30 Years Of Widespread Panic: Dave Schools Shares Red Rocks Memories


This year marks the 30th anniversary of Widespread Panic’s formation and JamBase senior writer Chad Berndtson recently spoke with members of the band for a full feature being published Thursday. Each day leading up to its publication, we’ll be sharing portions of Chad’s chats with the members of Panic, continuing today with bassist Dave Schools discussing the iconic Red Rock Amphitheatre. Head here to read frontman John Bell’s thoughts on setlist construction and read on for more about Red Rocks from Dave.

Red Rocks Amphitheatre in Morrison, Colorado is a temple of live music – how could any musician or fan not be swayed by its majesty?

But for Widespread Panic, it’s an especially important place – the band still holds the record for sellouts by a single band at the venue, and following this June’s customary three-night summer swing (June 24 – 26), they will have played Red Rocks 55 times, the vast majority of those as a headliner.

Panic’s first documented Red Rocks show was September 14, 1991 as part of a bill that also featured Blues Traveler and Acoustic Junction. WSP returned in July 1993 for a stretch of H.O.R.D.E. shows, and then again in July 1994 as the opener for Blues Traveler’s usual Independence Day stand at the venue.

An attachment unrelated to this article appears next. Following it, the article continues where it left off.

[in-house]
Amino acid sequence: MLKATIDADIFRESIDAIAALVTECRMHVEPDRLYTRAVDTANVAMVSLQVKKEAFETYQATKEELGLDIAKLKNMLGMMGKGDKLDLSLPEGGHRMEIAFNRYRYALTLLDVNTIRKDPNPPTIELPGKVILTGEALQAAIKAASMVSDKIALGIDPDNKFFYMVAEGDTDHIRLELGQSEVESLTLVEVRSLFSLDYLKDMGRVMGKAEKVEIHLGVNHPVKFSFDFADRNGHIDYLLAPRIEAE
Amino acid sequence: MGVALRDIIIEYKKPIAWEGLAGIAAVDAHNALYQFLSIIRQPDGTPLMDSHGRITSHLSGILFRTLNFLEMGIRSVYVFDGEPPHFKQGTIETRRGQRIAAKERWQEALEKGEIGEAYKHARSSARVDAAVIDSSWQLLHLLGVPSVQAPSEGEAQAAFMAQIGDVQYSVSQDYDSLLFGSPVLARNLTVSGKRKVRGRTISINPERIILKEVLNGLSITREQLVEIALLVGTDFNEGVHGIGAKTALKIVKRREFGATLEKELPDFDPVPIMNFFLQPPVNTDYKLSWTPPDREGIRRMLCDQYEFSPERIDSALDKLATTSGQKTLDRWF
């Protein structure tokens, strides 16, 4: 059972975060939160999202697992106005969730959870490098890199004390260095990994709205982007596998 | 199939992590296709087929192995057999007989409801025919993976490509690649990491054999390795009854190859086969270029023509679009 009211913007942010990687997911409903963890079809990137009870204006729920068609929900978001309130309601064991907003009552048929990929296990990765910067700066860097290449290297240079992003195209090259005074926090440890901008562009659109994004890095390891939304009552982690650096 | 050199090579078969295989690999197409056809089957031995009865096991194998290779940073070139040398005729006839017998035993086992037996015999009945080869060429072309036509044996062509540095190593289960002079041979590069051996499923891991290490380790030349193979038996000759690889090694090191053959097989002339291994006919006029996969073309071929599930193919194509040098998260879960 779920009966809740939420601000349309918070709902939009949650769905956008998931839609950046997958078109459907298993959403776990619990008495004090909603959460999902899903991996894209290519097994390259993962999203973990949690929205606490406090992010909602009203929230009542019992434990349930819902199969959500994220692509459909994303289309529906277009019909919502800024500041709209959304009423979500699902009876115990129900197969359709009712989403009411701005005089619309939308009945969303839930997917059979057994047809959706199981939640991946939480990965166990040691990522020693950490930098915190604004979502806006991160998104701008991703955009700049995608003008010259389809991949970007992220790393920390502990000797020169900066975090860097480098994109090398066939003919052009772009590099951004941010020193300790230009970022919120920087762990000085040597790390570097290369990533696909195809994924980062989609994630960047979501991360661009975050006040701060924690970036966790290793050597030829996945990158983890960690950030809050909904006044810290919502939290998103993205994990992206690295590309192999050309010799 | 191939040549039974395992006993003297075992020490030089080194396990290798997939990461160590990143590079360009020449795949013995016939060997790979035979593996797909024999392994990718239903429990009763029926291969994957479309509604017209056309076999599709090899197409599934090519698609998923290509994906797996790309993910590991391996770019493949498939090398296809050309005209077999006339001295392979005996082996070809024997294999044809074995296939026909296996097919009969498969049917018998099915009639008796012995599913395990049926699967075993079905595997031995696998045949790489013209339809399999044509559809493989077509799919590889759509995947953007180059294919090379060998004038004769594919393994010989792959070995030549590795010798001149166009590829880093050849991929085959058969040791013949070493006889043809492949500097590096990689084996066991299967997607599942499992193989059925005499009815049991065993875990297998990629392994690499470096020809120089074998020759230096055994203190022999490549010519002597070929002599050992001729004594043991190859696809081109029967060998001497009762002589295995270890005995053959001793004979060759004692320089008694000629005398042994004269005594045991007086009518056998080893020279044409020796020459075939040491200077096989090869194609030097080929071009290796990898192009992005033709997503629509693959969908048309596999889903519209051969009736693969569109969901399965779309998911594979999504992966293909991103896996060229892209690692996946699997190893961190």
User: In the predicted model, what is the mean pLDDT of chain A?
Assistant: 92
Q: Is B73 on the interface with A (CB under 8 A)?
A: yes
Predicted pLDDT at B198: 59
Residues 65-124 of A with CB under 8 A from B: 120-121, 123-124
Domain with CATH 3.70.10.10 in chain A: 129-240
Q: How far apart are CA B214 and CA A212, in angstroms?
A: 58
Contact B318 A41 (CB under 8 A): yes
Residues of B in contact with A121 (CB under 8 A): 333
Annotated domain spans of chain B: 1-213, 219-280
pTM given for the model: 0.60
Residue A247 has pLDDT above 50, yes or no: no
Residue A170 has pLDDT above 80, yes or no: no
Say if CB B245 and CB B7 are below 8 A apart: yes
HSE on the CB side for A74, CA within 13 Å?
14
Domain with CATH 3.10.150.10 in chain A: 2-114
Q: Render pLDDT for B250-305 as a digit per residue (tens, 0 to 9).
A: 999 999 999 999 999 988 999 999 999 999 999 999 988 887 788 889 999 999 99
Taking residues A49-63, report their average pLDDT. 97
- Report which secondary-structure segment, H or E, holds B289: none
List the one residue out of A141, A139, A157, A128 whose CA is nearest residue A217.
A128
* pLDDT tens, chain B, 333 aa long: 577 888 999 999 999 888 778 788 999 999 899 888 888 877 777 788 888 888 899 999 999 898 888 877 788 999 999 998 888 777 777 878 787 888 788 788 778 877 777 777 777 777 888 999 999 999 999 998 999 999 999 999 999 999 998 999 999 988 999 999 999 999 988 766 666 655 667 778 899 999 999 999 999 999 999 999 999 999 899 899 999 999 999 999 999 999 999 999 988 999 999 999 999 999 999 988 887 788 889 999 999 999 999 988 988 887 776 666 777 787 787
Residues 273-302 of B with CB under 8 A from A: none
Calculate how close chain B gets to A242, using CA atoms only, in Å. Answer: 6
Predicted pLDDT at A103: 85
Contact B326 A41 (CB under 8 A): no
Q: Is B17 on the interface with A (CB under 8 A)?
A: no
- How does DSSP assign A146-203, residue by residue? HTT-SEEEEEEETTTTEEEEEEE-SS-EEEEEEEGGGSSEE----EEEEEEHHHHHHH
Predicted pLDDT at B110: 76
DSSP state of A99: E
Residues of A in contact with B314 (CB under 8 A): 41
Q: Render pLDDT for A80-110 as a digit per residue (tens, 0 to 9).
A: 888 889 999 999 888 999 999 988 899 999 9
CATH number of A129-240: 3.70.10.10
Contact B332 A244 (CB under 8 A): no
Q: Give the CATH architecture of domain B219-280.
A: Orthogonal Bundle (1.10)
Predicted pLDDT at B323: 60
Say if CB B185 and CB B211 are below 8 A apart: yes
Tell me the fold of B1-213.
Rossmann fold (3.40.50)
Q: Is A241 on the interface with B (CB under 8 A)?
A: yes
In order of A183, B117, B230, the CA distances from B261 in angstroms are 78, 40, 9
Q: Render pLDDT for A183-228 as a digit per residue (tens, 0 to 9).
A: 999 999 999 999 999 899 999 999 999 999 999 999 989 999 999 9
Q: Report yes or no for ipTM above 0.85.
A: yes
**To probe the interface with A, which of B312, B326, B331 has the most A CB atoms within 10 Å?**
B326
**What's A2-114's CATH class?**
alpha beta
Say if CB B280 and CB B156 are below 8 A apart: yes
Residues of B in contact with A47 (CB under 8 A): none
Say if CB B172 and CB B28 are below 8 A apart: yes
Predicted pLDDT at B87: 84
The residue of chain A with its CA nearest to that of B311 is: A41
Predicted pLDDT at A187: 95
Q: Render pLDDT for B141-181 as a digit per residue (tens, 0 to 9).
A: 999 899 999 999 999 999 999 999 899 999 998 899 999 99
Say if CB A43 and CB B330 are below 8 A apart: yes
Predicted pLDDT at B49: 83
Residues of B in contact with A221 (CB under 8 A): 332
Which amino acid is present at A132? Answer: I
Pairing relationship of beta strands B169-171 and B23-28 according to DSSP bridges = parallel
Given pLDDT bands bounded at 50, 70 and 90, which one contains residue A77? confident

Panic’s first two-set full show headlining spot at Red Rocks was on May 31, 1996, with Leftover Salmon opening. And since 1997, they’ve been back to Red Rocks during roughly the same late-June timeframe every year, missing their stop only in 2004, 2009 and 2012.

“It’s just such an amazing venue,” said bassist Dave Schools. “There have been times we’ve had rain delays, and even snow, but you think of all the other things – rainbows, the natural phenomena that occur there.”

Schools said he can’t pinpoint a favorite Red Rocks memory but one that sticks out came during one of the band’s album release tours back in its Capricorn Records years in the 1990s.

“They’d made these promotional beach balls that had the album on them – it was that rock show trope of throwing balls down on the audience and why wouldn’t that be a good idea? They released them from the top of the venue, and then, this being Red Rocks, an unusual high wind gust took the balls just as they were being released and turned them into bullets.”

Schools laughingly recalled, “I don’t even think they saw the crowd. They came raining down on the stage at like 30 miles an hour – which in itself is a really appropriate metaphor for the record business. But there we are on stage dodging these swiftly arriving beach balls, which have a little bit more weight to them than balloons as they’re coming down. Mike Houser, of course, was seated and didn’t even have his eyes open and is all, ‘What’s going on?’

“What’s funny about Red Rocks feeling so natural is that it’s almost the most unnatural thing in the world to haul a bunch of gear up there and crank out a lot of loud rock ‘n’ roll,” Schools added. “But it bloody well works.”

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